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Martin Luther, in the first of the 95 theses, said, "The whole life of a believer is repentance". That makes us consider this question: what role does repentance have, if any, in the life of a believer, one who has already repented of their sins and been saved by Jesus Christ? If we have already been forgiven, then how or why would repentance be an ongoing thing? Does the Bible teach a repentant lifestyle?
The Apostle Paul, in a sense, said that repentance and faith are the whole counsel of God (Acts 20:20-27). In the verses following our text in Romans 13, Paul says to the believers that they need to cast off the works of darkness and put on the armor of light (vs.12), to walk properly as in the daytime (vs.13) and to put on the Lord Jesus Christ, and make no provision for the flesh (vs.14). Friends these things are what a repentant lifestyle is all about.
Colossians 2:6 tells us that “as you received Christ Jesus the Lord, so walk in him”. You received Him in repentance and faith, so you are to walk in that daily. Daily repentance is about fellowship with God, and this requires a humble admission of our dependence on God. When you woke up this morning, were you God? No? Then repent! Of what, you ask? Think of it this way, repentance is looking away from ourselves and toward God. We must do that every day.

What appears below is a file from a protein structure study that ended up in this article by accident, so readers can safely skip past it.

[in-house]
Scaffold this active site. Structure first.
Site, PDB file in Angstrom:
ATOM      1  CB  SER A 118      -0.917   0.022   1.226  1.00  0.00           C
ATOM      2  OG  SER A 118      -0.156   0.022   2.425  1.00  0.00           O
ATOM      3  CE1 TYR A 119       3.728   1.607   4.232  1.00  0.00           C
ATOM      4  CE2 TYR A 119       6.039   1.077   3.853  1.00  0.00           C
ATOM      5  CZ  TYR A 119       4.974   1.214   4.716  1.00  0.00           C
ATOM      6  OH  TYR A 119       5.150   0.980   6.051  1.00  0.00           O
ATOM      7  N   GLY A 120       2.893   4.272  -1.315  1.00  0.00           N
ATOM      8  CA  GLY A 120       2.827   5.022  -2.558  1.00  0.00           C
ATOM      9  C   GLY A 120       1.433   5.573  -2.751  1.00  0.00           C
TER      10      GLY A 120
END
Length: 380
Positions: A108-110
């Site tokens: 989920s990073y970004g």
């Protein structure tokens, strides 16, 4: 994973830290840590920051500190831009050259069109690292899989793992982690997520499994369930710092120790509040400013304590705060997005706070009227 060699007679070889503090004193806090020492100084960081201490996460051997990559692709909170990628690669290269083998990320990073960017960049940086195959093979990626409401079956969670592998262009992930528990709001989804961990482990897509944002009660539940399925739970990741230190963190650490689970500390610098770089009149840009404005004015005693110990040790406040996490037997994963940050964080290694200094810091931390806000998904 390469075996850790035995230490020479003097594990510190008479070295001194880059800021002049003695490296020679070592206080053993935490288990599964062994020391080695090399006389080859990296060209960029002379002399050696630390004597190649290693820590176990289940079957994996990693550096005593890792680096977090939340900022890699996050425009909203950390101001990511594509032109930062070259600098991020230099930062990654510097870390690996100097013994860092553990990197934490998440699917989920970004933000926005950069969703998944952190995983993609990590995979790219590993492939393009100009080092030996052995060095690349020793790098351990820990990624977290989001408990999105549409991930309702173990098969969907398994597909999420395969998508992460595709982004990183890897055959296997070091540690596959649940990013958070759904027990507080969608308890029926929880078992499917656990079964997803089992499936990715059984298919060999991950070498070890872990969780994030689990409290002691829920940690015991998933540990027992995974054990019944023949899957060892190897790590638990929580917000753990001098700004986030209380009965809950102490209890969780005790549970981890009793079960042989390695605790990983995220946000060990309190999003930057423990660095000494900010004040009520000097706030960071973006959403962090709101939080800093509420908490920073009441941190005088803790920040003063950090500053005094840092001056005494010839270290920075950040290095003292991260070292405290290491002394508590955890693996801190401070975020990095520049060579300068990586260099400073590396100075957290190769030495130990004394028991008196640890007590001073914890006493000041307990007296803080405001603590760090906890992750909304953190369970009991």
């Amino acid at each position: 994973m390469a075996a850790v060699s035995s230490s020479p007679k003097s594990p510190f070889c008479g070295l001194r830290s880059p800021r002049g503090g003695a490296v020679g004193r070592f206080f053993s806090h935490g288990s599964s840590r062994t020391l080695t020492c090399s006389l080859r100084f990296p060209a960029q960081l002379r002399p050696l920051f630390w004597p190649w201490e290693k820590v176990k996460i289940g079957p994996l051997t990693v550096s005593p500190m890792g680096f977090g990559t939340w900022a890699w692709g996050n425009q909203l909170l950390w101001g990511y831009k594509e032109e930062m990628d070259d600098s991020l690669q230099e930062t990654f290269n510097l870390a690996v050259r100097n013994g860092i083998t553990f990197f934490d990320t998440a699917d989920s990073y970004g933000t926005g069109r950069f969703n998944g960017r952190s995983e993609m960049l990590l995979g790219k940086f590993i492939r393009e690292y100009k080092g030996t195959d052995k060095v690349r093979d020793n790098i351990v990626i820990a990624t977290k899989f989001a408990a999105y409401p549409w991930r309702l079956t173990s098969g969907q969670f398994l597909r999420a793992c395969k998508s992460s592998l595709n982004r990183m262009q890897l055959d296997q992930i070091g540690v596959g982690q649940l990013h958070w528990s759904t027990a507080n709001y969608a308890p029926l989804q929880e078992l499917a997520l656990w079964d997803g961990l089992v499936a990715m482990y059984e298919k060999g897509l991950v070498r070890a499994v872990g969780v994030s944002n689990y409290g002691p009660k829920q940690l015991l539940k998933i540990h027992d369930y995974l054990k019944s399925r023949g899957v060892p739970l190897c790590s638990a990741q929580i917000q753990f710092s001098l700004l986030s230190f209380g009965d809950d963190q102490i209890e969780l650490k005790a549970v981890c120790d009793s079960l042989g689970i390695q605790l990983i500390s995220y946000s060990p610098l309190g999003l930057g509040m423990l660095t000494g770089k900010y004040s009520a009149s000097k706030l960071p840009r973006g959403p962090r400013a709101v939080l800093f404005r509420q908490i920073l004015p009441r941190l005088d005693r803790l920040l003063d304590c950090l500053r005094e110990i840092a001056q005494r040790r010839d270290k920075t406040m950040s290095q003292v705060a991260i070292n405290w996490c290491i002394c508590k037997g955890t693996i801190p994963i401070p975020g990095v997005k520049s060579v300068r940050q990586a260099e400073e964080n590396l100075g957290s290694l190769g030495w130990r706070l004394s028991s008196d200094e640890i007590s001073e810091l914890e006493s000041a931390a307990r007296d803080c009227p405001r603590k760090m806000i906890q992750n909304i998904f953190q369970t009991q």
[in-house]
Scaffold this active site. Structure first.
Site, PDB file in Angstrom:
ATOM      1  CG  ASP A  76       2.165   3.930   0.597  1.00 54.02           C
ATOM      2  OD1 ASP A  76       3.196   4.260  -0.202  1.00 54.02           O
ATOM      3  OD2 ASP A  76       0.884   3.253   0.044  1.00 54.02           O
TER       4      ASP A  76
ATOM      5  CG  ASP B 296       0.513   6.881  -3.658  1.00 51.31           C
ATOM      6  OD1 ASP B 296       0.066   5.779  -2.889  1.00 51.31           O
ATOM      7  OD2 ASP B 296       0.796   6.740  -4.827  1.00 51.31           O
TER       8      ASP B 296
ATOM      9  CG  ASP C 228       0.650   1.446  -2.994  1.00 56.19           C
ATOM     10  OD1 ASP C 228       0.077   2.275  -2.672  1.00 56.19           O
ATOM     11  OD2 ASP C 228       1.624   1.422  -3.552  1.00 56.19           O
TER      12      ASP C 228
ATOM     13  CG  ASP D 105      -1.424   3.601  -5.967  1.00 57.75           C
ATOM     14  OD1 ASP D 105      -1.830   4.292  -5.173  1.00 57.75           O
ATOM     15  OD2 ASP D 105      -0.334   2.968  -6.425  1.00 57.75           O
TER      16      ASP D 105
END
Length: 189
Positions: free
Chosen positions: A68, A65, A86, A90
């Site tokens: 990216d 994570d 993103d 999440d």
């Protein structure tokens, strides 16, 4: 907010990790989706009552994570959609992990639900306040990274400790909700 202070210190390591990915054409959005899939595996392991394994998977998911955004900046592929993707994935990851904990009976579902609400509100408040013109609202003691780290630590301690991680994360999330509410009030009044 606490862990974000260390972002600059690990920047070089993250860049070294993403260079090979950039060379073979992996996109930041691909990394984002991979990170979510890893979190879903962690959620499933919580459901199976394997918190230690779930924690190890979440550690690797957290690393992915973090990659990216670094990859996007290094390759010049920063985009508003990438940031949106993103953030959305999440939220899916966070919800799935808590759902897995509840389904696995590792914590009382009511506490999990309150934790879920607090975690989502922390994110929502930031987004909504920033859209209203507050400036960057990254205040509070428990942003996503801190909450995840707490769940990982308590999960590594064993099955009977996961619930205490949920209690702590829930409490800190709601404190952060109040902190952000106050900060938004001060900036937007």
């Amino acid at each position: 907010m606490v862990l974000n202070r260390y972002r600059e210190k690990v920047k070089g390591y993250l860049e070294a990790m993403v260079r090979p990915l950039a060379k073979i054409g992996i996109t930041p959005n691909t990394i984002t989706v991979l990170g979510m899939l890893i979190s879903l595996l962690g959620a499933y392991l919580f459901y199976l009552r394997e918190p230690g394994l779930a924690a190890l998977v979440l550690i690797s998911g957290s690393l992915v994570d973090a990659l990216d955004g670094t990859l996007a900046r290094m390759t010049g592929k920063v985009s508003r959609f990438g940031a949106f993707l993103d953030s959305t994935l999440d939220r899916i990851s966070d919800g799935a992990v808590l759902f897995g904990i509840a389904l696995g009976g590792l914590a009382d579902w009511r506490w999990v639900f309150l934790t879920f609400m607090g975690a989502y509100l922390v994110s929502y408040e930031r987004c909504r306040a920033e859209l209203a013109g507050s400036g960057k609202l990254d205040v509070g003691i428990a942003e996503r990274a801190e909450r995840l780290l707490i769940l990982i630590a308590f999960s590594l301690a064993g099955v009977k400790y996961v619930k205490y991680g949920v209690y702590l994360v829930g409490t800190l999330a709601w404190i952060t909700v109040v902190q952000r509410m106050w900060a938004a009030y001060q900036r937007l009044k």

The Apostle John tells us “If we confess our sins, he is faithful and just to forgive us our sins and to cleanse us from all unrighteousness” (1 John 1:9). This is about more than the initial salvation experience, it is about fellowship with God. When we sin, we are forgiven, that has already been accomplished. Our sin cannot negate the relationship. We may never speak to our earthly father, but we are still his offspring. However, if we aren’t talking to him, we may have a relationship, but it is soured, in that we have no fellowship.
In the same way we, as believers, can grieve the Holy Spirit with our disobedience (Ephesians 4:30), and in a sense, fall out of fellowship with the Father. Oh, He still loves us, and we will still make it to heaven. But we lack the assurance of a daily walk, that is, until we repent and receive the blessings of being able to look at our Father without having to hang or head, or turning away completely from Him. We draw near to Him, and we know He draws near to us (James 4:8). That is how we draw near, in repentance. Again, repentance is turning back to see God. David said it like this: “restore unto me the joy of thy salvation” (Psalm 51:12).
In Romans 12:2 Paul instructs us to be “transformed by the renewing of your mind.” If part of repentance (metanoia) is changing our mindset, then to change our mind is to renew our mind, and so therefore, to be transformed is by repentance. As we are transformed, as we grow in grace, we learn this repentance more perfectly.
Luther was right...